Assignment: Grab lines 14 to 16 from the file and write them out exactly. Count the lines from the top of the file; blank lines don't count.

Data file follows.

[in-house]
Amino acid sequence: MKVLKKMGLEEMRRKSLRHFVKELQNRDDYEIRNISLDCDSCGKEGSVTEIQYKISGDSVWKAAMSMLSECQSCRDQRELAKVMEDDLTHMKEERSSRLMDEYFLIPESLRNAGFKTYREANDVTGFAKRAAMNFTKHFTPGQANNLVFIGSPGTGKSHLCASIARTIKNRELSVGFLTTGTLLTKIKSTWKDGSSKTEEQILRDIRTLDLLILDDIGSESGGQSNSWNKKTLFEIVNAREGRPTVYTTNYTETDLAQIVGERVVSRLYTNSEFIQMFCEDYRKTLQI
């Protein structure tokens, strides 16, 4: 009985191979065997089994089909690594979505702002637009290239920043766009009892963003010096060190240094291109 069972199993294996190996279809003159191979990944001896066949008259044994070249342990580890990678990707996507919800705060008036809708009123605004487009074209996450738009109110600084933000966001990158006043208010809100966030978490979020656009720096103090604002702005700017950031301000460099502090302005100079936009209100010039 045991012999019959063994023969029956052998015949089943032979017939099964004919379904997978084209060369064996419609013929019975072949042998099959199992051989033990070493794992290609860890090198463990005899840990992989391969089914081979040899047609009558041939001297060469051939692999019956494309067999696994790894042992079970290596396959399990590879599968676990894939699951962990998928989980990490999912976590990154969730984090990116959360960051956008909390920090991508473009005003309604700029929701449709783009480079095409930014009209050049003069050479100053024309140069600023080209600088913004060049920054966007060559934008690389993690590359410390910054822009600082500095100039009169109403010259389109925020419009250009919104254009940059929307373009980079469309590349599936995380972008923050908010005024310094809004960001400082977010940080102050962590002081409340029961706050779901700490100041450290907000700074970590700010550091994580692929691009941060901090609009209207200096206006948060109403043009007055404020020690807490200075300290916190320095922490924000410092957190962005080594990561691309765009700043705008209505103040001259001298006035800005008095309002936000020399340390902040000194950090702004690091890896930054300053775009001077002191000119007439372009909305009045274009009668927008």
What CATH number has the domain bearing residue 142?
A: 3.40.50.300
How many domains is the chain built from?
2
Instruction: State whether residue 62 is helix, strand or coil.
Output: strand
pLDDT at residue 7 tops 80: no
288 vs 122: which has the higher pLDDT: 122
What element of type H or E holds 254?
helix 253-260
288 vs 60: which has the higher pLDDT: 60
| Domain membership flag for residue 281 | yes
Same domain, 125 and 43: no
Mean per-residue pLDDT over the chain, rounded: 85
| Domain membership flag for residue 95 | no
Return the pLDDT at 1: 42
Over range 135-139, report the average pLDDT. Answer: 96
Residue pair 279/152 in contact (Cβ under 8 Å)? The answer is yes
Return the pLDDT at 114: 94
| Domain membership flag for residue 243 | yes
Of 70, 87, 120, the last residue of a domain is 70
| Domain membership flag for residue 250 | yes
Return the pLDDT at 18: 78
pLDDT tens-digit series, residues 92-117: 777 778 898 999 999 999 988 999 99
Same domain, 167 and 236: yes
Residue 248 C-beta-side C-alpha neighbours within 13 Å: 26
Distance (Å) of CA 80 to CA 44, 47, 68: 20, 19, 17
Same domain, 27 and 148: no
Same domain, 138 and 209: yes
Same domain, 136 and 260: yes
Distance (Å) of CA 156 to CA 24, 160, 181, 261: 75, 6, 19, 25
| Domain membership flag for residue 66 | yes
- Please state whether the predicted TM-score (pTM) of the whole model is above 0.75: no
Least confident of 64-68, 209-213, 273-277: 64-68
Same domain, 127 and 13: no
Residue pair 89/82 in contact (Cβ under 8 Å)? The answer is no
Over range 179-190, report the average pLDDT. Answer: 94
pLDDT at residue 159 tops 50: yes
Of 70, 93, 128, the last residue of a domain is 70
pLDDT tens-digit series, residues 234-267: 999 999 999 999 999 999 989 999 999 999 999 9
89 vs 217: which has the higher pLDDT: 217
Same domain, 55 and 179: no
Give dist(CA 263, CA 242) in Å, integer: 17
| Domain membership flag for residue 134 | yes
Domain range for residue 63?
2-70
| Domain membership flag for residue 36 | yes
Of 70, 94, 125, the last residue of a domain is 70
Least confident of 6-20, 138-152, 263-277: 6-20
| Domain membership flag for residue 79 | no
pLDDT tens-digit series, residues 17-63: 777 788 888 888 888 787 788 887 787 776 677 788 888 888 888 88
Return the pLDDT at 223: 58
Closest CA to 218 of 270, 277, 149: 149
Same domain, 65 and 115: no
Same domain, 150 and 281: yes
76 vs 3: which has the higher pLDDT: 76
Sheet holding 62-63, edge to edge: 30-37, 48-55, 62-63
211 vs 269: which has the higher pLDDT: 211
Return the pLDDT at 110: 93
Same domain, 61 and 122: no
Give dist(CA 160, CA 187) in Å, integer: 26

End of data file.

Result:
288 vs 60: which has the higher pLDDT: 60
| Domain membership flag for residue 281 | yes
Same domain, 125 and 43: no